This election season has been focused primarily on the economy and job creation, but one topic that will surely be debated in the run up to Election Day is the security challenges facing the US and how the next president will handle them. Nothing highlights the importance of this debate like recent attacks on US missions abroad and continued unrest around the world.

Drawing on decades of experience within the US government, 20th US Secretary of Defense Cohen will provide his insights into these challenges facing the next administration.

Direct download: 10_8_12_William_Cohen.mp3
Category:News & Politics -- posted at: 7:30pm PDT

Ambassador Richard Schmierer, US Department of State's Deputy Assistant Secretary for Public Diplomacy, will provide remarks regarding US policy, engagement with the Syrian opposition and efforts to reintegrate Syria into the international community. While the focus remains on removing the Assad regime, stopping the violence, and easing the refugee situation the State Department is also looking at what comes next for the Syrian people. Ambassador Schmierer will also provide updates on the State Department's response to recent events in Libya.

Direct download: 9_19_12_Richard_Schmierer.mp3
Category:News & Politics -- posted at: 8:00pm PDT

BRAC is a global development organization dedicated to alleviating poverty by empowering the poor to bring about change in their own lives. What started out in 1972 as a limited relief operation called the Bangladesh Rural Advancement Committee, BRAC has turned into the largest development organization in the world. The work of BRAC reaches an estimated 126 million people in eleven countries throughout Africa, Asia and the Caribbean. Among many other issues, BRAC’s diverse program portfolio focuses on income generation, health care, education and agriculture. Sir Fazle will draw from his notable career to speak about success stories in development and what some countries in Africa and Asia can learn from these examples.

Direct download: 9_10_12_Fazle_Hasan_Abed.mp3
Category:News & Politics -- posted at: 8:00pm PDT

After the news broke in 2002 of Iran’s clandestine uranium enrichment and plutonium production facilities Ambassador Mousavian was tapped to become the spokesman for Iran’s nuclear negotiations team in the European Union. A former Iranian Ambassador to Germany and head of the Foreign Relations Committee of Iran’s Supreme National Security Council Mousavian was no stranger to high stakes international politics. Now a research scholar at Princeton University, he is telling his story: from the internal struggles in Tehran’s leadership, to dealings with the International Atomic Energy Agency, to life after the negotiations and his eventual arrest for espionage.

The personal experiences of this diplomat within Iran and the international community offer a unique perspective on the debate surrounding Iran’s nuclear program and the potential resolution of the crisis once and for all.

Direct download: 9_6_12_Seyed_Mousavian.mp3
Category:News & Politics -- posted at: 8:00pm PDT

Burma is back in the international spotlight. After more than twenty years under house arrest, pro-democracy opposition leader and 1991 Nobel Peace Prize winner Aung San Suu Kyi has been released and allowed to stand for election to parliament. Her release is just the latest in a series of important events and reforms that began in 2007.  The so-called "Saffron revolution” which involved wide-spread protests by Buddhist monks, along with international pressure, have prompted the ruling military junta to loosen its grip on power by initiating government reforms and holding elections. A nation at the crossroads between India and China, Burma is composed of a mix of fractious ethnicities and has been ruled by military regimes for nearly fifty years. Many hope that Burma is finally on the cusp of true democratic change after the reforms, despite being plagued by poverty, sectarian violence and accusations of human rights abuses.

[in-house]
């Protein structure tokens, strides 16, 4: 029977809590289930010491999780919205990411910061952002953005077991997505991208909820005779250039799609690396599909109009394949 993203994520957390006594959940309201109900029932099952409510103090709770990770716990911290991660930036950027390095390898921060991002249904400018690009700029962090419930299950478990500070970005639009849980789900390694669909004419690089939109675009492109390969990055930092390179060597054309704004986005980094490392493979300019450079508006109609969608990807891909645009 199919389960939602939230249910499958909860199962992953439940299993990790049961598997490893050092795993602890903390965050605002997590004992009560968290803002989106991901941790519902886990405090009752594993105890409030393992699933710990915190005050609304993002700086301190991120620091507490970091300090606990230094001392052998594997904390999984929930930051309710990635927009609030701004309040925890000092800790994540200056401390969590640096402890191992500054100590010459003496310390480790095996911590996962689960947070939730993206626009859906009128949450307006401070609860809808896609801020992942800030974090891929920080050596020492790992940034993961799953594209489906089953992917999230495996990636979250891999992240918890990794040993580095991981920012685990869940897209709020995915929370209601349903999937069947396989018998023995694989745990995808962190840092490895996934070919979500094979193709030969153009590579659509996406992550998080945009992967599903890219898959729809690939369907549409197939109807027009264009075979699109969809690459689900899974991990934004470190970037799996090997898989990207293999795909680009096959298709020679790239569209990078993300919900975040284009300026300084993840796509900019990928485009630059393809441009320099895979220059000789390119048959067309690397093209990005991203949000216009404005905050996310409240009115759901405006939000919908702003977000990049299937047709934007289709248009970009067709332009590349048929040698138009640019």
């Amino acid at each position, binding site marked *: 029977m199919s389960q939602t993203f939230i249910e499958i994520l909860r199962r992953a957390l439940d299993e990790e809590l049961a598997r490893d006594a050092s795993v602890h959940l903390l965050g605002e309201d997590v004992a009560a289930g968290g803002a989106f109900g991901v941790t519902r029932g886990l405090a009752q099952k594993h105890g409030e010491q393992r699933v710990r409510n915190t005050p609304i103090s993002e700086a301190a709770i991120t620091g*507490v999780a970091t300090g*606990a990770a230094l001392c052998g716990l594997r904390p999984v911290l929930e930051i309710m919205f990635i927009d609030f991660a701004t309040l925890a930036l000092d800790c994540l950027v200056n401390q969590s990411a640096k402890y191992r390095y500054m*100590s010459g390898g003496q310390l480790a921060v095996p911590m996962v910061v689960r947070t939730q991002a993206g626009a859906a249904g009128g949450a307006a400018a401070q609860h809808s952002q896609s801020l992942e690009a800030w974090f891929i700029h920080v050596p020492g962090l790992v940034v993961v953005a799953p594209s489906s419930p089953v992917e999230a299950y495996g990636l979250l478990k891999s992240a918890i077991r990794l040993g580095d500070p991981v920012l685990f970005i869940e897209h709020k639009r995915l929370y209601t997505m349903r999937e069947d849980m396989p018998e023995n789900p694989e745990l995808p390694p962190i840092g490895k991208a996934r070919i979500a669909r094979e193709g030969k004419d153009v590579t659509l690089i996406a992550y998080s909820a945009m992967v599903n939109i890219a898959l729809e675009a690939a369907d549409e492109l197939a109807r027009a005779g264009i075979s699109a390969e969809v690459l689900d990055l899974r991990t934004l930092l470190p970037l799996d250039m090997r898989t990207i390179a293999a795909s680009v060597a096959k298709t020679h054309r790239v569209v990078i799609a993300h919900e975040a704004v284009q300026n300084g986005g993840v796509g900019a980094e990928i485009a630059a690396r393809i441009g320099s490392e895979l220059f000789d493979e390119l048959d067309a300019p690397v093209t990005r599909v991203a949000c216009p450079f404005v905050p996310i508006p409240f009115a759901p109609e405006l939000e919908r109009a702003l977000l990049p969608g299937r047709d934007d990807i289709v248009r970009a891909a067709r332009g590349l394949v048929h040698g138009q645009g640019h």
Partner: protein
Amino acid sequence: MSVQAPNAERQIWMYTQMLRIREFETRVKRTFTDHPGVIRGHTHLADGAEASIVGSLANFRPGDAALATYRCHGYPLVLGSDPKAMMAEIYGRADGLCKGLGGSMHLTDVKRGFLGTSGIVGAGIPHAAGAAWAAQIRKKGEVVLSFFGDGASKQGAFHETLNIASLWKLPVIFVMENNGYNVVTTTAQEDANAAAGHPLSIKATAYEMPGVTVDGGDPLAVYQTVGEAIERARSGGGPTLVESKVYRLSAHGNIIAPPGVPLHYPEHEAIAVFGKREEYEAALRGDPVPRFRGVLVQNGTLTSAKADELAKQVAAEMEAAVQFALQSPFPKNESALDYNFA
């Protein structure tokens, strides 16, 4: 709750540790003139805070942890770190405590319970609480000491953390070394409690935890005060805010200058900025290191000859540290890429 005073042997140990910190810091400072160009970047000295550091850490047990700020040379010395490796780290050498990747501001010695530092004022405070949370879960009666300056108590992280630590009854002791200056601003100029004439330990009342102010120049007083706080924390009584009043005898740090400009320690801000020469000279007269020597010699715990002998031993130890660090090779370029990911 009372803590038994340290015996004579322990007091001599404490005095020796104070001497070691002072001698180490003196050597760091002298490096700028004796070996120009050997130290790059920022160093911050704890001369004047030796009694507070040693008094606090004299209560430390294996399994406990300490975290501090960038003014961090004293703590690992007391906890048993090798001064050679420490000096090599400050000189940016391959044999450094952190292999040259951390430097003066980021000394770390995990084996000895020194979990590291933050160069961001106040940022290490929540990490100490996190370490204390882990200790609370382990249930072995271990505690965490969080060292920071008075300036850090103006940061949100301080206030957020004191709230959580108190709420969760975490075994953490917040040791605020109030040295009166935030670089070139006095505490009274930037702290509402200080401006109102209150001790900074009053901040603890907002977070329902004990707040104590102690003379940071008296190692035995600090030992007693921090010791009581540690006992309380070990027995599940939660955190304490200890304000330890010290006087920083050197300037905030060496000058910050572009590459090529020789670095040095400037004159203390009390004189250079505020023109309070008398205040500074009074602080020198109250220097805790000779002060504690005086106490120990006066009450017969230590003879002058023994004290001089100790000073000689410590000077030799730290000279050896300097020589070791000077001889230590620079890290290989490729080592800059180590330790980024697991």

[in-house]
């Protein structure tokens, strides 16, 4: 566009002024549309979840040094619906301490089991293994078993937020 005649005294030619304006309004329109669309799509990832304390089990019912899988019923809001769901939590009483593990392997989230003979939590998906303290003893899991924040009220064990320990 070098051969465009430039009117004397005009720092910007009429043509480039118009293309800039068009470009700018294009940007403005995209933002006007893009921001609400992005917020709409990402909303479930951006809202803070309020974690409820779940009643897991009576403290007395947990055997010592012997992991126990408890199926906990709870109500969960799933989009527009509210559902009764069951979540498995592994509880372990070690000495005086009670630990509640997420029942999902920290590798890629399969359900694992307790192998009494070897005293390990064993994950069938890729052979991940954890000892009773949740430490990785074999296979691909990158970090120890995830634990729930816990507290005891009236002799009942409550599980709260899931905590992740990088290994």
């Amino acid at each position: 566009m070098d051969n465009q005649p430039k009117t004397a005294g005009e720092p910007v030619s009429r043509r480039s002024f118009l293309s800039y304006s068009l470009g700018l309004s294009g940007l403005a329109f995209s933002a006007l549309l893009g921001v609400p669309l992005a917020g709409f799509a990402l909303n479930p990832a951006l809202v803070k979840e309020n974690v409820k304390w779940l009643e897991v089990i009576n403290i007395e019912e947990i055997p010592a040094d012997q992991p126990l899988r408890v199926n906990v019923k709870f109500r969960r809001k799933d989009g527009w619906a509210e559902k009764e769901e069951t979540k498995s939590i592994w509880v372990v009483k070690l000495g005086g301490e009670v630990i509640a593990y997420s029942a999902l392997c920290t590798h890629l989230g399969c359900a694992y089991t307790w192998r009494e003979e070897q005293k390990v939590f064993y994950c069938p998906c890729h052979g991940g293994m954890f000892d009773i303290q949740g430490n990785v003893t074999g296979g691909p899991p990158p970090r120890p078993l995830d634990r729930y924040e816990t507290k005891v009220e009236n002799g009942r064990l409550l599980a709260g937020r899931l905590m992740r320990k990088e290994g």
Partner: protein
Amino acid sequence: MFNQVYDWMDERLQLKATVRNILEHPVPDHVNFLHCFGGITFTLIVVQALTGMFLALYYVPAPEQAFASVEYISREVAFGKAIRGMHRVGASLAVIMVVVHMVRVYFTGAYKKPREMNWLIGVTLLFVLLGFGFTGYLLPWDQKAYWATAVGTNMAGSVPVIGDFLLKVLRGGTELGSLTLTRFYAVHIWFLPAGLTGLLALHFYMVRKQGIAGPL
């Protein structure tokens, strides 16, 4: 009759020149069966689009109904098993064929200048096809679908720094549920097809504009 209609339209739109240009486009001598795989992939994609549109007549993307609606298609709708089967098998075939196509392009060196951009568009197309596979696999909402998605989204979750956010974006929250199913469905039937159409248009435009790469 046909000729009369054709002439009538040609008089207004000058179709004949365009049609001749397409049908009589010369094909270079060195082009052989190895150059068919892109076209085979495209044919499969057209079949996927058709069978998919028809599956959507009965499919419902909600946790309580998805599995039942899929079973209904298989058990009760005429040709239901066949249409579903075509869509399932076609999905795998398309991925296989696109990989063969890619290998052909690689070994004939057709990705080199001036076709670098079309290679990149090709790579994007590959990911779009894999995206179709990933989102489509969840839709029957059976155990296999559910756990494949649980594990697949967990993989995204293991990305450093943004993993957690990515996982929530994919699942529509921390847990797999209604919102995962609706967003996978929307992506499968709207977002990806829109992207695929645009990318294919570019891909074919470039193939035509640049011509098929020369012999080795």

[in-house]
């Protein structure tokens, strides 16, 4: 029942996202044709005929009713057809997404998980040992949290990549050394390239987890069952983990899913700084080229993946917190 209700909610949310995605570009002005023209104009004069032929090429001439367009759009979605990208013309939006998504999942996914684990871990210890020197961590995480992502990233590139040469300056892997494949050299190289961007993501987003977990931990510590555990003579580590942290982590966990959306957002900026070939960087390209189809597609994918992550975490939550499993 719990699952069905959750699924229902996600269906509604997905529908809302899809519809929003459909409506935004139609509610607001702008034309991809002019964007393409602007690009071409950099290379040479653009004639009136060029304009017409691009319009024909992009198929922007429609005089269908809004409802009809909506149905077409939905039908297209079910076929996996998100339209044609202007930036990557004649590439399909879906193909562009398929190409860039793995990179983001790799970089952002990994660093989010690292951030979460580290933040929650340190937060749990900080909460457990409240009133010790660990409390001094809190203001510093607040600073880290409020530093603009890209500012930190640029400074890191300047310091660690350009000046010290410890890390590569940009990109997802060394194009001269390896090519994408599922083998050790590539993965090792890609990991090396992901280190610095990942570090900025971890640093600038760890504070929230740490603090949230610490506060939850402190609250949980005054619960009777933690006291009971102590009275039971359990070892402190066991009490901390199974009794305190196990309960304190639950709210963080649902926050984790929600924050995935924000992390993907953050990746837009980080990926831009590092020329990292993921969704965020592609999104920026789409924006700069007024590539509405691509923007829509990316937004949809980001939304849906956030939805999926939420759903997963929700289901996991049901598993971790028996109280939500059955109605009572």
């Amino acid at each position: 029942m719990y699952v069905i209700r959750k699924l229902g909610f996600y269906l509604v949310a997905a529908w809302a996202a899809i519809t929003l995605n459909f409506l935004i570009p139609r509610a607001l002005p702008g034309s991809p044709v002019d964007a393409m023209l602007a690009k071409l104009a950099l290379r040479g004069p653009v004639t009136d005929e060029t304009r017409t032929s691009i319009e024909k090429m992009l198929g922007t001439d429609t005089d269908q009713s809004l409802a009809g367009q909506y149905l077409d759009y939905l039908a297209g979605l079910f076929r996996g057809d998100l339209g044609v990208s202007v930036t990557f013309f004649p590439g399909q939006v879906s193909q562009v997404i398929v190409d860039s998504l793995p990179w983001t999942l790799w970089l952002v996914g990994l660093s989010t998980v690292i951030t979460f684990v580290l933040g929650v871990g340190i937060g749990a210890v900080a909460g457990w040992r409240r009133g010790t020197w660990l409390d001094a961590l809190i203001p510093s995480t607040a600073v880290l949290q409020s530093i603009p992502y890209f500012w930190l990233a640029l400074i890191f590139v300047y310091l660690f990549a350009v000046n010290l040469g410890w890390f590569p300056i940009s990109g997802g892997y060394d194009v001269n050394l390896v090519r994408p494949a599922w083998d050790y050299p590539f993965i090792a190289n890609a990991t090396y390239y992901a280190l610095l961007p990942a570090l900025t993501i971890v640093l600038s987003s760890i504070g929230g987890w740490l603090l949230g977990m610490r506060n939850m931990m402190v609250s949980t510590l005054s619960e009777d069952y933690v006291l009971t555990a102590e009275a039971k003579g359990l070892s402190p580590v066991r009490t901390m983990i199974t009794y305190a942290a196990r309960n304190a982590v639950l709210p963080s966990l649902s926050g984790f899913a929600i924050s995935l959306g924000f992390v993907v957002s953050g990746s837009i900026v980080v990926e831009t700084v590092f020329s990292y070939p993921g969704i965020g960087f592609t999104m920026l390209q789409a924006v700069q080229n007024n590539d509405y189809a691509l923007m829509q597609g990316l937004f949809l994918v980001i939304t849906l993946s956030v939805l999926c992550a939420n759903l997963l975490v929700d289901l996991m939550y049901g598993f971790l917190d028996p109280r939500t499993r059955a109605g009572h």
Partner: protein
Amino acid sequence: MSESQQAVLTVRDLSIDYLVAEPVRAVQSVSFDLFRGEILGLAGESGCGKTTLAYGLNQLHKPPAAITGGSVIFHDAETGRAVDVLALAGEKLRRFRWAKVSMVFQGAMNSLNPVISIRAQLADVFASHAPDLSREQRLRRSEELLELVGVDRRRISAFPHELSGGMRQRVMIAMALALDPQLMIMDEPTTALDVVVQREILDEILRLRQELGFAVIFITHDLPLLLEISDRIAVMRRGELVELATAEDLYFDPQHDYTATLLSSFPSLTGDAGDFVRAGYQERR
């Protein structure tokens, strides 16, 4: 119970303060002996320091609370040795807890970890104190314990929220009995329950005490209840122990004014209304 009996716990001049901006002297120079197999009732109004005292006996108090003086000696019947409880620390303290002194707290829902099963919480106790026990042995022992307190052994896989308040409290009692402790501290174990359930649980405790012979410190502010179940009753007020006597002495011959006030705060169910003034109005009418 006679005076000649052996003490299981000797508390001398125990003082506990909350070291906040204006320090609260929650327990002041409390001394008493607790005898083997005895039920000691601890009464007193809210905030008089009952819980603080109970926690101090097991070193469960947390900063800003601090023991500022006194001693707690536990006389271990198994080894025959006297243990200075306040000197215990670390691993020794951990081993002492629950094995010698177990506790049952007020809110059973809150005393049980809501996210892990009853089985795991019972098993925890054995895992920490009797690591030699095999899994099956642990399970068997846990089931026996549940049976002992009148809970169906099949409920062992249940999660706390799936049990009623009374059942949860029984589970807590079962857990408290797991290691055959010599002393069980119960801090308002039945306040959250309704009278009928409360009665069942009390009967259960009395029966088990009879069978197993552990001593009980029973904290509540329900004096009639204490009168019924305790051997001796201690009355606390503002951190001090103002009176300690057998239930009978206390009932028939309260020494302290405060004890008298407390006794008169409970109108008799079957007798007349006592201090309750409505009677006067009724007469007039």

Three experienced panelists will discuss a range of issues regarding Burma. What do the current reforms mean and what impact will they have across the region? What do long-time activists foresee for the future of Burma? How will the work of NGOs be affected after changes in policy and will there be an increased focus on human rights and education? Join us for this thought provoking conversation regarding the current state of affairs in Burma.

Direct download: 8_28_12_Sze_Than_Zin.mp3
Category:News & Politics -- posted at: 8:30pm PDT

General Raymond T. Odierno assumed duty as the Chief of Staff of the United States Army in September of 2011. Most recently General Odierno commanded the United States Joint Forces Command, and prior to that he served as the Commanding General of US Forces in Iraq. While serving as the Assistant to the Chairman of the Joint Chiefs of Staff from 2004-2006, General Odierno was the primary military advisor to Secretaries of State Colin Powell and Condoleezza Rice. During more than 35 years of distinguished service, he has commanded units at every echelon and has had duty in five different countries.

Join the World Affairs Council and the Marines’ Memorial Club in welcoming General Odierno for his remarks about "America's Army: The Strength of the Nation."